Over the years, several of my friends or former co-workers have found themselves in a similar situation – they love their jobs but can’t stomach the office politics. It had gotten so bad for some that they left their jobs, which is tough to do in a poor economy, only to find out that the grass isn’t always greener.

For many years I sympathized, but didn’t fully get it.

You see, I LOVED office politics. I was one of the “chosen ones” and rode that train successfully for a decade. It wasn’t until I was shocked back to reality, taking on a new position in a new office, that I experienced what many of my friends had years before….the dark side. Now years later armed with the reality that office politics are a way of life, I know how to make the most of the situation.

Here are my 5 favorites:

1. Know the stakeholders
2. Don’t fuel the rumor mill
3. Awareness – The walls have eyes & ears
4. Switzerland is not the answer
5. Fuel a positive reputation

Know the Stakeholders

Take note of the decision makers and the influencers high and low in the organization. Don’t just assume it’s at the senior executive level; sometimes the most significant person in your office to impress can be an executive assistant or someone within a smaller department. The second you enter a new company, take a few weeks to sit back and observe. Not only will it help you to avoid trouble as the “new guy,” but it also gives you the chance to discover who make things happen, who share your values, and who might not be trustworthy.

Don’t Fuel the Rumor Mill

It doesn’t matter how high up you are in your company, if you are known for being a good listener, people will often come visit you at your desk, or in your office, to bend your ear. Especially during times of drama it is best to discourage these sorts of actions, even if you aren’t talking about the latest gossip. Perception is reality, and people will perceive that you are. Have the conversations over the phone or meet for coffee off site before heading into work. The same goes for making sure you aren’t the “information source” for a top boss. It can be flattering when someone high up asks you for information or insight into the department, especially when you have insightful nuggets to provide. Steer clear of sharing gossip or placing blame, and instead share the good while offering up problem solving tactics.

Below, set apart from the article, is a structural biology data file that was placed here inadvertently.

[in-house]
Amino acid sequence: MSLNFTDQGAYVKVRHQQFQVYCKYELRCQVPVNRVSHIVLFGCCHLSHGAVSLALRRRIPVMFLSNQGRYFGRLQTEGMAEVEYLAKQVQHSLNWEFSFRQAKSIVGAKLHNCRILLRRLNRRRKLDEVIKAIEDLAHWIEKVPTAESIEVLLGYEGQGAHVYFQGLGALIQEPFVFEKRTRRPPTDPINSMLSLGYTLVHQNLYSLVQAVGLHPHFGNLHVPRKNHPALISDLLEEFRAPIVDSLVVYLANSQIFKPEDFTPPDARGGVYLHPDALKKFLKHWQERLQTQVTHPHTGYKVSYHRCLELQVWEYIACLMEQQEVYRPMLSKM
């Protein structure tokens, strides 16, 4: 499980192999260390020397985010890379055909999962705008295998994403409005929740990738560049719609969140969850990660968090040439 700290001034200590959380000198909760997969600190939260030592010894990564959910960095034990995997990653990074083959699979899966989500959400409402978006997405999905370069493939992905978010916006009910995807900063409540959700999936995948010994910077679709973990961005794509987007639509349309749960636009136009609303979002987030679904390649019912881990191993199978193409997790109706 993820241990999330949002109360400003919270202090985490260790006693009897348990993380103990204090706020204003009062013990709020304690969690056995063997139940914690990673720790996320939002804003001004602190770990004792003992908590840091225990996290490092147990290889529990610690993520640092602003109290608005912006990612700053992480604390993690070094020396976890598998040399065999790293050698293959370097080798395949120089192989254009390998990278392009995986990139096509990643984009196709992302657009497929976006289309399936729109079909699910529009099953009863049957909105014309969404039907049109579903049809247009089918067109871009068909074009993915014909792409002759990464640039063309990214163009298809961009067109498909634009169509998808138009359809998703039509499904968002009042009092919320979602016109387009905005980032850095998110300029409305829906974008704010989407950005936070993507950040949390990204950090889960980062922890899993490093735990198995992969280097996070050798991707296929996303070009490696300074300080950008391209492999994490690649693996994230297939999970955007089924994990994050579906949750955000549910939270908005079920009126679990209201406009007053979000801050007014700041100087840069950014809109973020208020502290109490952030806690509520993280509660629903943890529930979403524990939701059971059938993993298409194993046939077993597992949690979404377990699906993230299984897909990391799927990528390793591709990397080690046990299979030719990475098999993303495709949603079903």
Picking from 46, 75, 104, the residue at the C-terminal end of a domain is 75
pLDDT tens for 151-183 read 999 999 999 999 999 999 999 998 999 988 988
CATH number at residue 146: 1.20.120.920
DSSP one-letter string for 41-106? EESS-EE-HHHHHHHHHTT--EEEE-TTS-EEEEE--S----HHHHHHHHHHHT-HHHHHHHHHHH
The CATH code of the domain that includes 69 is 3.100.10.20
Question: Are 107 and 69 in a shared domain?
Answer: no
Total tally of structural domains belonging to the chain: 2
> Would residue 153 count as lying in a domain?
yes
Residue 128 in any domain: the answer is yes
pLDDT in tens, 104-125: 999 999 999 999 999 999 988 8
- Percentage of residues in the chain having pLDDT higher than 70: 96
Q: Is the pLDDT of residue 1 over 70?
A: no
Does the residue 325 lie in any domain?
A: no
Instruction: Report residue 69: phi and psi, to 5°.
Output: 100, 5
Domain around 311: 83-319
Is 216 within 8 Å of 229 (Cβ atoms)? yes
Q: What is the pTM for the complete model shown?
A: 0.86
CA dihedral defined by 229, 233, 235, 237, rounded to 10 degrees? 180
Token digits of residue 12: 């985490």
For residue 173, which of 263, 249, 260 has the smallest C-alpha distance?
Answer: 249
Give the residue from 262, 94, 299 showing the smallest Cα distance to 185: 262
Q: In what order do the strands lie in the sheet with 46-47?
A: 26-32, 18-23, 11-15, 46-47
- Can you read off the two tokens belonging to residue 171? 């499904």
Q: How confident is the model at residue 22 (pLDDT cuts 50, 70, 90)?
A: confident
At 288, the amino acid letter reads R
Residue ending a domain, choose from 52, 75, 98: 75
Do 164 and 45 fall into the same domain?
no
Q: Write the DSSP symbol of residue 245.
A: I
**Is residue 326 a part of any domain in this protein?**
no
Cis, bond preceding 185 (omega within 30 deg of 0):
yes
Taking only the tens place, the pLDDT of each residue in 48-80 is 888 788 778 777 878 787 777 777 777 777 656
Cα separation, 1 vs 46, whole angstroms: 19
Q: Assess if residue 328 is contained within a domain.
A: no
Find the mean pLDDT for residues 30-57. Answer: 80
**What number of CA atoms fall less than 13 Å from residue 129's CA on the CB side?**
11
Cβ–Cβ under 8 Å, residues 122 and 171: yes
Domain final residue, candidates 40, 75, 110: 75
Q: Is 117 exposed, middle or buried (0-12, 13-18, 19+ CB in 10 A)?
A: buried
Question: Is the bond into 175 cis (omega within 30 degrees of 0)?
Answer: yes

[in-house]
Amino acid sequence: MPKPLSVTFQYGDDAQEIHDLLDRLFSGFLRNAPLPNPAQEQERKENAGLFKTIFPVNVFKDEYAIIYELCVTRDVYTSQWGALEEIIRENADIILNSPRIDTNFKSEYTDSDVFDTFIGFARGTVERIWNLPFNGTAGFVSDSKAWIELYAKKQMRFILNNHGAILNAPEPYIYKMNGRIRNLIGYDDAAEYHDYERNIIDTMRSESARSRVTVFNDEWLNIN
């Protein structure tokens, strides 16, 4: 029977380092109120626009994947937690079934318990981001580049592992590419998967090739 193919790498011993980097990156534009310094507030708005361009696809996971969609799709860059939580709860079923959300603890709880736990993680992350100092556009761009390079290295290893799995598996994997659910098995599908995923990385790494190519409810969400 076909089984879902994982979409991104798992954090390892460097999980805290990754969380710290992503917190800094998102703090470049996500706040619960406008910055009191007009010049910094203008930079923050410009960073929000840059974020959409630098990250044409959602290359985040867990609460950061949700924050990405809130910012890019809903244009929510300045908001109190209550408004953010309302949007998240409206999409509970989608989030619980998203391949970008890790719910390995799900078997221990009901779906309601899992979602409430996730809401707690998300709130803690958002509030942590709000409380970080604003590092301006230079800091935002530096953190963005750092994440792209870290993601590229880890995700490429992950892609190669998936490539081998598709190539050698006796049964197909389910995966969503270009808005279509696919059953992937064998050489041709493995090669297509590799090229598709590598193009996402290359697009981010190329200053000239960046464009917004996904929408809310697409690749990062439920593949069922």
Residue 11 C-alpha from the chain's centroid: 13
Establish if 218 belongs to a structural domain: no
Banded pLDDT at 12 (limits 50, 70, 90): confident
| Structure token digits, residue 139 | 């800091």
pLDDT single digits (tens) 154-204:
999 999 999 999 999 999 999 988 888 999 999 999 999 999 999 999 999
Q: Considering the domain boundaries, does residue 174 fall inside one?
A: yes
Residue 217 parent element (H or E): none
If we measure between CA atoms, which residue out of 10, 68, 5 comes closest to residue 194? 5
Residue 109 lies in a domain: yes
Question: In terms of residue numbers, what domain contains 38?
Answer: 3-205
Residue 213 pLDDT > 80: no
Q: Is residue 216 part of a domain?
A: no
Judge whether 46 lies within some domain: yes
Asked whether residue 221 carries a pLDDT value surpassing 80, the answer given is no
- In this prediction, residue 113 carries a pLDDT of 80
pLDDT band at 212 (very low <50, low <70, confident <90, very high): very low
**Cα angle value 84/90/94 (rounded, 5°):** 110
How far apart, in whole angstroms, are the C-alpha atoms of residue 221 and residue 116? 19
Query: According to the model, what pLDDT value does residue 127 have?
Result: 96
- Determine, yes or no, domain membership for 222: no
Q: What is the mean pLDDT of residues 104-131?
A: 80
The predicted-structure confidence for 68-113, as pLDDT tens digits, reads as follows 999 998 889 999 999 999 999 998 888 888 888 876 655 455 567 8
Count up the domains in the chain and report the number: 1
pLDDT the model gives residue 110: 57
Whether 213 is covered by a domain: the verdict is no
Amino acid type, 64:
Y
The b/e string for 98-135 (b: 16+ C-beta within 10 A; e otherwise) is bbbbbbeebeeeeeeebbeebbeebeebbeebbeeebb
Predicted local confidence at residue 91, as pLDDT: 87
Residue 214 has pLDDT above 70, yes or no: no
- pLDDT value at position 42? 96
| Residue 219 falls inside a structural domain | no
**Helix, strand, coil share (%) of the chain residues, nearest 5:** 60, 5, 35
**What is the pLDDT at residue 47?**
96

The Walls have Eyes and Ears…Even after Hours

Be mindful of where you air your dirty laundry or excitement over a new company development that should have been kept internal. In the age of social media, the line between personal and professional is definitely greying. A study by Millennial Branding done earlier this year, states that Gen-Ys have an average of 16 co-workers as “friends”. If this is your situation, it’s time to start treating your Facebook page with a filter.

Switzerland is not the Answer

By remaining neutral, you may find yourself oblivious in key situations. Command a savvy strategy toward the political landscape to take advantage of the good side of office politics. Be aware of the right opportunities to self promote yourself.

Fuel a Positive Reputation

This is even more important during tough times. Make it hard for anyone to say negative things about you, and show that you are conscious of situations/mood shifts as they happen. Whether this is staying late, helping a teammate practice his or her presentation, or giving guidance to someone outside your immediate responsibility. Take note of what the higher ups put value on and do those things. Make your actions count.

Most importantly, realize that at the end of the day, this is your job. And part of your job is to navigate the office waters, putting you in the best position for success. There will always be competition and the person that is your friend may not be tomorrow, but by using these tips you should always come out on top.

Please share your favorites or if you have successfully used any of the above!


Katie Marston is President and Executive Director of DYME Branding , a personal brand development company focusing on professional athletes, celebrities, and executives. Follow her on Twitter at @ktmarston